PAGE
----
Joe Biden Adviser Bill Russo Says 'Democracy Is on the Line' in Fiery Attack on Facebook

A top staffer for president-elect Joe Biden blasted Facebook in a fiery Twitter thread on Monday, claiming it remains a threat to democracy.

Bill Russo, a deputy campaign communications director, accused the Mark Zuckerberg-led social media giant of continuing to facilitate the spread of political disinformation in the wake of Biden's election victory over President Trump.

"We pleaded with Facebook for over a year to be serious about these problems. They have not. Our democracy is on the line. We need answers," Russo tweeted.

Providing a possible glimpse into how the incoming administration will view the powerful social network—a key campaign advertising tool—Russo also seemingly deleted an anti-Facebook tweet that was sent after Biden's victory speech Saturday.

As reported by the Financial Times, Russo had shared an image uploaded by comedian Sacha Baron Cohen that showed president Trump shaking hands with Zuckerberg along with the caption: "One down, one to go." Russo had added: "Hell yes."

Baron Cohen remains a fierce Facebook critic and was an advocate for the "Stop Hate for Profit" campaign that lobbied for an advertising cull earlier this year.

According to the Financial Times, Biden's transition team will include Facebook's former associate general counsel Jessica Hertz and Apple's ex vice-president for government affairs Cynthia Hogan. Former Google boss Eric Schmidt has also been approached to possibly spearhead a technology industry task force, the newspaper reported.

We knew this would happen. We pleaded with Facebook for over a year to be serious about these problems. They have not.

Our democracy is on the line. We need answers.

— Bill Russo (@BillR) November 10, 2020

One down. One to go.

— Sacha Baron Cohen (@SachaBaronCohen) November 7, 2020

Throughout the campaign, the Biden team was critical of Facebook, repeatedly calling for more aggressive moderation of false information and conspiracy theories.

In a letter to Zuckerberg in September, campaign chief Jen O'Malley Dillon branded the website as the "foremost propagator" of voting disinformation in the country.

In his Twitter thread Monday, Russo said Facebook was "shredding the fabric of our democracy," citing a series of alleged failures that took place in the past week.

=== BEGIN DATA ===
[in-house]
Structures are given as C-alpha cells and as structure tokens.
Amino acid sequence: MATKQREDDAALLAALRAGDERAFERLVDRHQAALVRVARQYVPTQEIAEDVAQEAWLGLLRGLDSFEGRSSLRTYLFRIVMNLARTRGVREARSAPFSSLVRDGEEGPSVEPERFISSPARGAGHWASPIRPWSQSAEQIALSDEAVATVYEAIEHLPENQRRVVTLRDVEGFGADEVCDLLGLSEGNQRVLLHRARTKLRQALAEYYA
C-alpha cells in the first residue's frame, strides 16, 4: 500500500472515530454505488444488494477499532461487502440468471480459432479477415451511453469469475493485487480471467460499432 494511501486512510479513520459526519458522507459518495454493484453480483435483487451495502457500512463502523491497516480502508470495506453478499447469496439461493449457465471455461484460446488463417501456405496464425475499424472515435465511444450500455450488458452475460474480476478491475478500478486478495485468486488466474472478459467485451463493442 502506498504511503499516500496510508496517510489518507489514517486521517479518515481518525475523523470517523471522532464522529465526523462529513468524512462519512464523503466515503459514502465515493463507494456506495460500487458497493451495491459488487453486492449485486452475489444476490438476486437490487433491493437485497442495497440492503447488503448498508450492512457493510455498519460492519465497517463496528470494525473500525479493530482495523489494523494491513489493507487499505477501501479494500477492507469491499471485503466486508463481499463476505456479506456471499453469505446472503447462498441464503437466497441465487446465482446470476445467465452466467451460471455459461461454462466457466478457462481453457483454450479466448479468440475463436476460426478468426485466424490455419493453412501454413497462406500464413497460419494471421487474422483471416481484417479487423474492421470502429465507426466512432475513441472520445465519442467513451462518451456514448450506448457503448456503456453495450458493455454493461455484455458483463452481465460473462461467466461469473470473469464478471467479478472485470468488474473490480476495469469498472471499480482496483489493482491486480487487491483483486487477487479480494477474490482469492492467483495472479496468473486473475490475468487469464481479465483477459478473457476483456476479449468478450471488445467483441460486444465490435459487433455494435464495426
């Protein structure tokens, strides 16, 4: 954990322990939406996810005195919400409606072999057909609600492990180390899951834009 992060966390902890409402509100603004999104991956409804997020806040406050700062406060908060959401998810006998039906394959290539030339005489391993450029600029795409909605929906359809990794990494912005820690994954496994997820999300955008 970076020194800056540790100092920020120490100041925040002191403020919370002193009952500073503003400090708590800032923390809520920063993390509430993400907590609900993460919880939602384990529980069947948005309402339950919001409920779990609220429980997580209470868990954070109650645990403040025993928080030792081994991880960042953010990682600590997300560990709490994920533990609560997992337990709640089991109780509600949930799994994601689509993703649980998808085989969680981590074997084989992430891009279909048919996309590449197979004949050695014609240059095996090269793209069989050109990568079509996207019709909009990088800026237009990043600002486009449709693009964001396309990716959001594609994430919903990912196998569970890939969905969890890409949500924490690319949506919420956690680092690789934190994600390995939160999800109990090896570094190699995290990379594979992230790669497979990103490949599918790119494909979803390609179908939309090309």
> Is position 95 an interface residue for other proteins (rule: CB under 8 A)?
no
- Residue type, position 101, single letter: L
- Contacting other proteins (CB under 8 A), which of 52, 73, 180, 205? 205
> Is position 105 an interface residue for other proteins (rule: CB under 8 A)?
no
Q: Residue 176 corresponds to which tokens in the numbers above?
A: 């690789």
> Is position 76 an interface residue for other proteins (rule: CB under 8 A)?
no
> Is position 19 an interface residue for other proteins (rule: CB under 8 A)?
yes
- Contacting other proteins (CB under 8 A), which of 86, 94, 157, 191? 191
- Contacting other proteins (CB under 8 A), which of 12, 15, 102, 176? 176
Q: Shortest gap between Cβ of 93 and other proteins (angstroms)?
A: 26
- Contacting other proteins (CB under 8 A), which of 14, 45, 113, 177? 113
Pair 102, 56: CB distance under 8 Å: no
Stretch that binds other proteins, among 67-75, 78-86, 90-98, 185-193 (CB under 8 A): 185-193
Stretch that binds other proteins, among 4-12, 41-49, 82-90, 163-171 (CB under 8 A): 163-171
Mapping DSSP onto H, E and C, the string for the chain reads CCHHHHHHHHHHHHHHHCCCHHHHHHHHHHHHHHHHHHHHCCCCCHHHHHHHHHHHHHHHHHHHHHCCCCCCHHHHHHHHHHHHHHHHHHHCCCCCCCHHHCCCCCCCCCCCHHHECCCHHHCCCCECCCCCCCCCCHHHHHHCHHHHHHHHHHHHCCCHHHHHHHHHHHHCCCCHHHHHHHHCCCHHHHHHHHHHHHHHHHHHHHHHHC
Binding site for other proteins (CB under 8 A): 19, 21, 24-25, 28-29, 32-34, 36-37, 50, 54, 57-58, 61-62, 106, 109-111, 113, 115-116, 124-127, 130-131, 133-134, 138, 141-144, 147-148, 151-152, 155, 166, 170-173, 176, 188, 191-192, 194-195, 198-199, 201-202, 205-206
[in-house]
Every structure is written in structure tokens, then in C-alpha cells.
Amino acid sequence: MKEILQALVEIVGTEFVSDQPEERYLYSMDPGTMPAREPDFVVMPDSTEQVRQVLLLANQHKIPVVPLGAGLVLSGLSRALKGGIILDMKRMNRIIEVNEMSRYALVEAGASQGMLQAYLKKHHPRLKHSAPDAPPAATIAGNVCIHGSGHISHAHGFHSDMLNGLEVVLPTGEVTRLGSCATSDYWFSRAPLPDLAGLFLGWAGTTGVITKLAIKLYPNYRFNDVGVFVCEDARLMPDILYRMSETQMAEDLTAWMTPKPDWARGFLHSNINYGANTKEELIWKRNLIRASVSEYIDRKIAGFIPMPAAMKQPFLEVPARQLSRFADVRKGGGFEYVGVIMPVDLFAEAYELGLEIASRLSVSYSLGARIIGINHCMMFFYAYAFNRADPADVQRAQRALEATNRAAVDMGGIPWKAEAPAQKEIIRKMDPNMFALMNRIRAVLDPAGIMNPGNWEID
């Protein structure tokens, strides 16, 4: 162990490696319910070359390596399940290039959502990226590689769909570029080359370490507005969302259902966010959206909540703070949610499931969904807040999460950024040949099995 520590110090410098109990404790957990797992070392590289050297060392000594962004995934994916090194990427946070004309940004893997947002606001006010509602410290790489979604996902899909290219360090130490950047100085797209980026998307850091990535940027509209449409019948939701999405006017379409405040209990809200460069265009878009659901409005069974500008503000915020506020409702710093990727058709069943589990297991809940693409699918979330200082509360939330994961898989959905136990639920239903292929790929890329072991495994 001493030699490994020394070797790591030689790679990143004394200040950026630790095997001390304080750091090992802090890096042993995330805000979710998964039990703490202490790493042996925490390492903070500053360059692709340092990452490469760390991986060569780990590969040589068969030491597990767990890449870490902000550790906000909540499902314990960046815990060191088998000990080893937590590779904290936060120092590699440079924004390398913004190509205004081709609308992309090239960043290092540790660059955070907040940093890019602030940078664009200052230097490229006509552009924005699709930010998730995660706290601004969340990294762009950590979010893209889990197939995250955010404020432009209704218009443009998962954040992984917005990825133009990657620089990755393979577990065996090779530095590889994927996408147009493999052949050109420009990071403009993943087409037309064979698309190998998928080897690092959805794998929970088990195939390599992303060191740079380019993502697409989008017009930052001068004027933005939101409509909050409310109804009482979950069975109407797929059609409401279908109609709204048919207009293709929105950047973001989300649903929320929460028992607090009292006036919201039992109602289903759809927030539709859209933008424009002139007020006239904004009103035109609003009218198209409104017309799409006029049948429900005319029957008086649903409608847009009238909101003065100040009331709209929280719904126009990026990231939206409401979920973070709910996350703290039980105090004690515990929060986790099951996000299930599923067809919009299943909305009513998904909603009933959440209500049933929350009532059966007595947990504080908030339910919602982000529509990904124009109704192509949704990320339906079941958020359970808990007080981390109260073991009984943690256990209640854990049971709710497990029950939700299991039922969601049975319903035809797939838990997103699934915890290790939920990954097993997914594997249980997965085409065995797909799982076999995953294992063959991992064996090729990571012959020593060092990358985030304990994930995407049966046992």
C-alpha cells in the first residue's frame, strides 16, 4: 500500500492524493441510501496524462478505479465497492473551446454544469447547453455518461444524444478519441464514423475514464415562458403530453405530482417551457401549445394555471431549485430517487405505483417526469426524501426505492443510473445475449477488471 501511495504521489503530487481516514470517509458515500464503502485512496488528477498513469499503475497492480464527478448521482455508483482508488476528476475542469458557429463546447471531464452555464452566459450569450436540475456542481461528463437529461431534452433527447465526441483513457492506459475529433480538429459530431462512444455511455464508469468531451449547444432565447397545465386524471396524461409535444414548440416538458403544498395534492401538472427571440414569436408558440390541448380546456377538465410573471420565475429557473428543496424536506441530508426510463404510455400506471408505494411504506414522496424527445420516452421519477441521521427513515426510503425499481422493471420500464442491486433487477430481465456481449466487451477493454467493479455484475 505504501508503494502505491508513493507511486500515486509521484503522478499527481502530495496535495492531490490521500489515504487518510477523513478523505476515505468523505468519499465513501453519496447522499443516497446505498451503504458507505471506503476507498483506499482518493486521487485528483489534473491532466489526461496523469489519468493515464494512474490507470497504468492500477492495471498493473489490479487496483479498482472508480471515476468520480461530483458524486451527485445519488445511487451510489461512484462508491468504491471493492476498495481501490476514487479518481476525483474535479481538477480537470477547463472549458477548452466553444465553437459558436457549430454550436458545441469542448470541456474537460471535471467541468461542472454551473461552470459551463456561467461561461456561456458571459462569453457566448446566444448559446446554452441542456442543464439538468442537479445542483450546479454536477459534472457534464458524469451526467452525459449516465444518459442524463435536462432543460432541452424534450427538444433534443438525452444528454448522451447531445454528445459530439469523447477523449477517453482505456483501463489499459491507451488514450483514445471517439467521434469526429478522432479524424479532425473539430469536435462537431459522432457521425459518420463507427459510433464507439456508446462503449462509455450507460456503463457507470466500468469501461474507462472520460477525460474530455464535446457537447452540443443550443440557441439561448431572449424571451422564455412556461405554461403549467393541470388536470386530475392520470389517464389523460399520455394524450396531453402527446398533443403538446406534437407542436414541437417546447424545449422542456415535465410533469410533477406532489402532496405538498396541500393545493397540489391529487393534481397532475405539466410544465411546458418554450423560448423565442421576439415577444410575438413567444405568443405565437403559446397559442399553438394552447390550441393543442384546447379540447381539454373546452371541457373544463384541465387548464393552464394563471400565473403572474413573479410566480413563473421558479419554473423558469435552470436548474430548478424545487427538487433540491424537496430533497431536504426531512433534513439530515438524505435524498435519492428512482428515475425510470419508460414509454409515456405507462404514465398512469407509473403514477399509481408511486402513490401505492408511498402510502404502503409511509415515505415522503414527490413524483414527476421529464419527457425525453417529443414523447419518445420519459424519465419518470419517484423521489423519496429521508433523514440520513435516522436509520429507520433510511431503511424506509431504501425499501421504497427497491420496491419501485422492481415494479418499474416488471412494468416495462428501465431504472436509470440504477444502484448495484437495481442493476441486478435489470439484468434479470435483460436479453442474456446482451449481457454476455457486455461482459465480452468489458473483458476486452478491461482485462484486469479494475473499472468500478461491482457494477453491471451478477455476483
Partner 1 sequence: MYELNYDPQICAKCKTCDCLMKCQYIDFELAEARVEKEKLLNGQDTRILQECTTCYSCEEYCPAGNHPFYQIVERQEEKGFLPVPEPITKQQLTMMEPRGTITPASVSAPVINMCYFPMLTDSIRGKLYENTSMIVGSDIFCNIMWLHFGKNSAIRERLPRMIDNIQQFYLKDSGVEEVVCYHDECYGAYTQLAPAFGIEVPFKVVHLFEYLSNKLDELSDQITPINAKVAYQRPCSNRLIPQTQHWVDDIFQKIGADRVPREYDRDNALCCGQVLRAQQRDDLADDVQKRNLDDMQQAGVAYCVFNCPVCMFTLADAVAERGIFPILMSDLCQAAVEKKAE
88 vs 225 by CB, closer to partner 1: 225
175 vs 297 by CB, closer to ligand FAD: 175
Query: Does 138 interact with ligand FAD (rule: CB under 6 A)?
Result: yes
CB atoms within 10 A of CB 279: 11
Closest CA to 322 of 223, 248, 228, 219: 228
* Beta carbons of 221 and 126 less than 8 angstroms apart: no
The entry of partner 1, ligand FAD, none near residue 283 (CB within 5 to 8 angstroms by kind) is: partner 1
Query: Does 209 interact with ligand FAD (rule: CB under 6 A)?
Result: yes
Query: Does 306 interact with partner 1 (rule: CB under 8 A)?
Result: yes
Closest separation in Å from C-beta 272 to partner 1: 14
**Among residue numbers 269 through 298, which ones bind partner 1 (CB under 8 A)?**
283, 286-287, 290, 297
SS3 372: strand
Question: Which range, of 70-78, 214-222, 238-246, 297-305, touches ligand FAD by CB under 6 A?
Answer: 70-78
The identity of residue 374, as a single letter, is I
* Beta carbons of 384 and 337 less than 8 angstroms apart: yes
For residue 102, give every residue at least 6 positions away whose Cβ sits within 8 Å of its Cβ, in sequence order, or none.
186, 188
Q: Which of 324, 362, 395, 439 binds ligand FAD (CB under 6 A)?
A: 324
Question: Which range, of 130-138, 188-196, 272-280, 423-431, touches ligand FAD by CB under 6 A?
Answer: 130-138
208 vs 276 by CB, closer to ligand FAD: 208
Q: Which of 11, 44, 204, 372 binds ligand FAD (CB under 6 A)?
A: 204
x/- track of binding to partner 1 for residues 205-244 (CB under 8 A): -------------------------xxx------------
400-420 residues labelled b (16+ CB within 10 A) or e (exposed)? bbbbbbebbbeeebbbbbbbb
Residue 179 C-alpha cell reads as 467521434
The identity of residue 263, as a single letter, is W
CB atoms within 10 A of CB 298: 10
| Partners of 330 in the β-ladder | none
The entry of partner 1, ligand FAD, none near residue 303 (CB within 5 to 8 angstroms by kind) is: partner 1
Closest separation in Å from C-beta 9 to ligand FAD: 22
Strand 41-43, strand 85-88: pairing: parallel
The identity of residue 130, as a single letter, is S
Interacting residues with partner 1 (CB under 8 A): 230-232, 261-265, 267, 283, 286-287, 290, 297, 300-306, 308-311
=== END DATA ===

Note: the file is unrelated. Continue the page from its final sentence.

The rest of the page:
He said that articles from the right-wing news outlet Breitbart were allowed to circulate misinformation about voter fraud, which the Trump campaign has latched onto in recent days in attempts to challenge the outcome of the presidential election.

Russo said Facebook added a "woefully ineffective closable label" to links to a briefing held by White House press secretary Kayleigh McEnany Monday that Fox News chose to cut away from due to her spreading unverified claims about voting fraud.

He accused the site of being slow to stop conspiracy theorists from mobilizing in "Stop the Steal" groups that were able to attract hundreds of thousands of users.

The Washington Post reported Monday that a collection of seven pages pushing "Stop the Steal" messages—allegations of voting fraud and questioning the election result—were taken offline and had been linked to former Trump adviser Steve Bannon.

Analysis shows Facebook is "absolutely teeming with right-wing misinformation," said New York Times tech columnist Kevin Roose this week, citing NewsWhip data detailing the most-engaged URLs published on the platform between Monday and today:

Facebook is absolutely teeming with right-wing misinformation right now. These are all among the 10 most-engaged URLs on the platform over the last 24 hours (per @NewsWhip data)

— Kevin Roose (@kevinroose) November 10, 2020

The tricky thing, for Facebook, is that some of the most viral stories aren't strictly false. (Perdue + Loeffler *did* call for the SOS's resignation.) But they are feeding a stolen election narrative that is going to be hard to dial back.

— Kevin Roose (@kevinroose) November 10, 2020

It remains unclear how Facebook will be treated under the next presidency, although as
a candidate Biden previously indicated he would not go easy on the website and said he was of the opinion that Section 230—a law that protects websites in the U.S. from being held legally liable for the content uploaded by users—should be revoked

"I've never been a fan of Facebook, as you probably know," he told The New York Times last December. "I've never been a big Zuckerberg fan. I think he's a real problem.

"The idea that it's a tech company is that Section 230 should be revoked, immediately should be revoked, number one. For Zuckerberg and other platforms" he added.

While the future relationship between Facebook and the Biden administration remains unclear, some commentators agree the site had damaged democracy.

"It will take a generation to undo the damage that Facebook has done to American democracy and discourse," tweeted Ben Rhodes, former Deputy National Security Advisor for Strategic Communications under President Barack Obama.

"The fact that the leading source of information in America is a profit algorithm-driven cesspool of disinformation and hate speech has to be addressed through regulation."

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The Facebook logo is seen on a phone in this photo illustration in Washington, DC, on July 10, 2019. Facebook was criticized this week by a Joe Biden communications director, Bill Russo. ALASTAIR PIKE/AFP/Getty